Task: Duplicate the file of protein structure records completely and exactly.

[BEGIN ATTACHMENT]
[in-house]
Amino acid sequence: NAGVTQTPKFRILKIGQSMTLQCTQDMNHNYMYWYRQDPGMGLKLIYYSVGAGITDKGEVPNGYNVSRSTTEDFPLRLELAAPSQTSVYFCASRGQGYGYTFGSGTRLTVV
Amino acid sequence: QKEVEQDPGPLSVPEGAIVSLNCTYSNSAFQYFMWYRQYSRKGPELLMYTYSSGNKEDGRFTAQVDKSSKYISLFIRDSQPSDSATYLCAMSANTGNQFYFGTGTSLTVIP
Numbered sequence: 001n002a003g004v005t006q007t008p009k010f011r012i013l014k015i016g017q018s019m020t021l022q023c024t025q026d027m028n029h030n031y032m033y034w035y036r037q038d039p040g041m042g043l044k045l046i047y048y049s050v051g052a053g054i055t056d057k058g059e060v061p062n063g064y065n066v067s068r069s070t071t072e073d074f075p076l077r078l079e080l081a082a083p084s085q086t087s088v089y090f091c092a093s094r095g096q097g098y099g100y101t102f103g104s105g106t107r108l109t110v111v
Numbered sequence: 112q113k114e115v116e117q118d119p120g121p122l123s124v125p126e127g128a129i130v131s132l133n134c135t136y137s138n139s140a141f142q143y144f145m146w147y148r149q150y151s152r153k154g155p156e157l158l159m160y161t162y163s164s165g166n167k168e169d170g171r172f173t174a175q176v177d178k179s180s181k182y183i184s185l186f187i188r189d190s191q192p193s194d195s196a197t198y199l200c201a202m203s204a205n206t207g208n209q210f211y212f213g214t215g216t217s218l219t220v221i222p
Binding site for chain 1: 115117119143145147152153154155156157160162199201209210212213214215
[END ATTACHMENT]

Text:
[in-house]
Amino acid sequence: NAGVTQTPKFRILKIGQSMTLQCTQDMNHNYMYWYRQDPGMGLKLIYYSVGAGITDKGEVPNGYNVSRSTTEDFPLRLELAAPSQTSVYFCASRGQGYGYTFGSGTRLTVV
Amino acid sequence: QKEVEQDPGPLSVPEGAIVSLNCTYSNSAFQYFMWYRQYSRKGPELLMYTYSSGNKEDGRFTAQVDKSSKYISLFIRDSQPSDSATYLCAMSANTGNQFYFGTGTSLTVIP
Numbered sequence: 001n002a003g004v005t006q007t008p009k010f011r012i013l014k015i016g017q018s019m020t021l022q023c024t025q026d027m028n029h030n031y032m033y034w035y036r037q038d039p040g041m042g043l044k045l046i047y048y049s050v051g052a053g054i055t056d057k058g059e060v061p062n063g064y065n066v067s068r069s070t071t072e073d074f075p076l077r078l079e080l081a082a083p084s085q086t087s088v089y090f091c092a093s094r095g096q097g098y099g100y101t102f103g104s105g106t107r108l109t110v111v
Numbered sequence: 112q113k114e115v116e117q118d119p120g121p122l123s124v125p126e127g128a129i130v131s132l133n134c135t136y137s138n139s140a141f142q143y144f145m146w147y148r149q150y151s152r153k154g155p156e157l158l159m160y161t162y163s164s165g166n167k168e169d170g171r172f173t174a175q176v177d178k179s180s181k182y183i184s185l186f187i188r189d190s191q192p193s194d195s196a197t198y199l200c201a202m203s204a205n206t207g208n209q210f211y212f213g214t215g216t217s218l219t220v221i222p
Binding site for chain 1: 115117119143145147152153154155156157160162199201209210212213214215